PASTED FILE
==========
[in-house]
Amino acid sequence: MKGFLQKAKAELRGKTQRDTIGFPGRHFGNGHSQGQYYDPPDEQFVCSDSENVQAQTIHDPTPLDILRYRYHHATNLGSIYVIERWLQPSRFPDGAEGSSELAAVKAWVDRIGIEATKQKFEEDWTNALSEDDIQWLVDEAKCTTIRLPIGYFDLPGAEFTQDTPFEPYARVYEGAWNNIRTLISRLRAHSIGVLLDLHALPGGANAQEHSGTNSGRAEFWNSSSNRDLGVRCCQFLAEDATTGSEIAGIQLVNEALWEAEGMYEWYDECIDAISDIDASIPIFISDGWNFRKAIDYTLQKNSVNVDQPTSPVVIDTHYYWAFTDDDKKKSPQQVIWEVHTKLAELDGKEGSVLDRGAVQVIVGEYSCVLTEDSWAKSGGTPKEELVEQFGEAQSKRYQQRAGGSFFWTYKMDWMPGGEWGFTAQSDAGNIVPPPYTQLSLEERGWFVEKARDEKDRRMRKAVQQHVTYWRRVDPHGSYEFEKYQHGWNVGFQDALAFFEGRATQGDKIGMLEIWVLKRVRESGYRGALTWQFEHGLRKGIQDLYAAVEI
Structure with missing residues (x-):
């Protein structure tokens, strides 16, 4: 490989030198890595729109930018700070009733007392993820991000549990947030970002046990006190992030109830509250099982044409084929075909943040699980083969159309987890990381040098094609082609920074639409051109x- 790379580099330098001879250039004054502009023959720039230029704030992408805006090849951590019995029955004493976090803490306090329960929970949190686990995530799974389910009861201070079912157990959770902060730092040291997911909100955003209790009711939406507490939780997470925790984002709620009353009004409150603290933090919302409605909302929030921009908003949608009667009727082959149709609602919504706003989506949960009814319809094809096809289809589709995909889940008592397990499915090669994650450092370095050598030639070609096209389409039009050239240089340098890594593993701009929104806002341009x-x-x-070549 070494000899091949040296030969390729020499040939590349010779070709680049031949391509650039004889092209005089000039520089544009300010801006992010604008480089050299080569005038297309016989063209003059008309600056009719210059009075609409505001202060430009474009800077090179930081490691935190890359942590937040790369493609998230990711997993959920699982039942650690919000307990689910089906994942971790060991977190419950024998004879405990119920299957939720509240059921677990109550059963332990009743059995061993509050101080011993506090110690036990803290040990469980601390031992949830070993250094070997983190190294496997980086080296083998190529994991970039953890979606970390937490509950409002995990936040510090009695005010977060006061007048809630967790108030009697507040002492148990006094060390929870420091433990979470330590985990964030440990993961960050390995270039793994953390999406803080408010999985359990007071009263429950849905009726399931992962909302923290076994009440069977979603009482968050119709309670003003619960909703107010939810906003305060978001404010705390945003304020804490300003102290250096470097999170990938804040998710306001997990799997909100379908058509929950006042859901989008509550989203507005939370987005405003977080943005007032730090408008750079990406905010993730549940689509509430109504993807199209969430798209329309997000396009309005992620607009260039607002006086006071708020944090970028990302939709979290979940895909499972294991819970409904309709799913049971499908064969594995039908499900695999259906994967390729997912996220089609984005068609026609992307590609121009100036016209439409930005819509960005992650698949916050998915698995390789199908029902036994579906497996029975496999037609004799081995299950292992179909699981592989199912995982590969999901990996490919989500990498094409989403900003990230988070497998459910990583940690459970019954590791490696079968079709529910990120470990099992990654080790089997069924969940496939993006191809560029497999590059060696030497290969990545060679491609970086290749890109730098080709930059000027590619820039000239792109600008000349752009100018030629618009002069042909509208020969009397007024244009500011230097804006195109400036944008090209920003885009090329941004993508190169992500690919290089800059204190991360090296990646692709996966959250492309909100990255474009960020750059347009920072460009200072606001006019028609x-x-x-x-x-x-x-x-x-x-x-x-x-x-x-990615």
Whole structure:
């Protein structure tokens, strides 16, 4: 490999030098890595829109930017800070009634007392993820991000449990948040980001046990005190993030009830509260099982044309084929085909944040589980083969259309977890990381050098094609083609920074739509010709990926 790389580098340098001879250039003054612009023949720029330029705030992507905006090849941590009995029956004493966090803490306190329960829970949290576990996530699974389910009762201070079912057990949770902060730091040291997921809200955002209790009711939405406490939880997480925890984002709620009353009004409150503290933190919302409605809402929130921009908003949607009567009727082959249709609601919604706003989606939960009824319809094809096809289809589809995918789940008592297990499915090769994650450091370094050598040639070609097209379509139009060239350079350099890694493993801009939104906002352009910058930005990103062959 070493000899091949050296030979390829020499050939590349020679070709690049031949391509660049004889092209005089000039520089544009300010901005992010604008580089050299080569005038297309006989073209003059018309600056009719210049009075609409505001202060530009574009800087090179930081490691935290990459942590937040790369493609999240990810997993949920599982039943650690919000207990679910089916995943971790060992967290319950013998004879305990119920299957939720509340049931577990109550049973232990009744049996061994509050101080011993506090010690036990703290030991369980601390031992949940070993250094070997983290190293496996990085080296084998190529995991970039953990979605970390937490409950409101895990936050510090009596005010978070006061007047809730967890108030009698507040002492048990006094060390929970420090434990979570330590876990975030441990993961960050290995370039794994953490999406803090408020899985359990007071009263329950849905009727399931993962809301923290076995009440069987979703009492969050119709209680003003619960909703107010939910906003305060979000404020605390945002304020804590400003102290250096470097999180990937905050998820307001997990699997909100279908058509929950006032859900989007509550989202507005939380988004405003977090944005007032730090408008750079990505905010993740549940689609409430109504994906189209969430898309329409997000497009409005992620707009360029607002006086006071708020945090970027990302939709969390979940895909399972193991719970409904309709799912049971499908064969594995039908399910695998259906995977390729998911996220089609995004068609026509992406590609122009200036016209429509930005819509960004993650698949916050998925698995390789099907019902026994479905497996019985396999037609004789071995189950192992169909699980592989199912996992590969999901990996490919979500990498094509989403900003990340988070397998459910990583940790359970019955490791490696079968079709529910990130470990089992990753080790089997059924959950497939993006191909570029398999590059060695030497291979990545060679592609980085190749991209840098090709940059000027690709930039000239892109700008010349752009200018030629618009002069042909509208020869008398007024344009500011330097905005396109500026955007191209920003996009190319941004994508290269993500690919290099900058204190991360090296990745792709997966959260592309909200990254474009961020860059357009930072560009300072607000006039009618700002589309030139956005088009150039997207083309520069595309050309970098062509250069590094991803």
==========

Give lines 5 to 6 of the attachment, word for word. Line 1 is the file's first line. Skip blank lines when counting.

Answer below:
Whole structure:
């Protein structure tokens, strides 16, 4: 490999030098890595829109930017800070009634007392993820991000449990948040980001046990005190993030009830509260099982044309084929085909944040589980083969259309977890990381050098094609083609920074739509010709990926 790389580098340098001879250039003054612009023949720029330029705030992507905006090849941590009995029956004493966090803490306190329960829970949290576990996530699974389910009762201070079912057990949770902060730091040291997921809200955002209790009711939405406490939880997480925890984002709620009353009004409150503290933190919302409605809402929130921009908003949607009567009727082959249709609601919604706003989606939960009824319809094809096809289809589809995918789940008592297990499915090769994650450091370094050598040639070609097209379509139009060239350079350099890694493993801009939104906002352009910058930005990103062959 070493000899091949050296030979390829020499050939590349020679070709690049031949391509660049004889092209005089000039520089544009300010901005992010604008580089050299080569005038297309006989073209003059018309600056009719210049009075609409505001202060530009574009800087090179930081490691935290990459942590937040790369493609999240990810997993949920599982039943650690919000207990679910089916995943971790060992967290319950013998004879305990119920299957939720509340049931577990109550049973232990009744049996061994509050101080011993506090010690036990703290030991369980601390031992949940070993250094070997983290190293496996990085080296084998190529995991970039953990979605970390937490409950409101895990936050510090009596005010978070006061007047809730967890108030009698507040002492048990006094060390929970420090434990979570330590876990975030441990993961960050290995370039794994953490999406803090408020899985359990007071009263329950849905009727399931993962809301923290076995009440069987979703009492969050119709209680003003619960909703107010939910906003305060979000404020605390945002304020804590400003102290250096470097999180990937905050998820307001997990699997909100279908058509929950006032859900989007509550989202507005939380988004405003977090944005007032730090408008750079990505905010993740549940689609409430109504994906189209969430898309329409997000497009409005992620707009360029607002006086006071708020945090970027990302939709969390979940895909399972193991719970409904309709799912049971499908064969594995039908399910695998259906995977390729998911996220089609995004068609026509992406590609122009200036016209429509930005819509960004993650698949916050998925698995390789099907019902026994479905497996019985396999037609004789071995189950192992169909699980592989199912996992590969999901990996490919979500990498094509989403900003990340988070397998459910990583940790359970019955490791490696079968079709529910990130470990089992990753080790089997059924959950497939993006191909570029398999590059060695030497291979990545060679592609980085190749991209840098090709940059000027690709930039000239892109700008010349752009200018030629618009002069042909509208020869008398007024344009500011330097905005396109500026955007191209920003996009190319941004994508290269993500690919290099900058204190991360090296990745792709997966959260592309909200990254474009961020860059357009930072560009300072607000006039009618700002589309030139956005088009150039997207083309520069595309050309970098062509250069590094991803």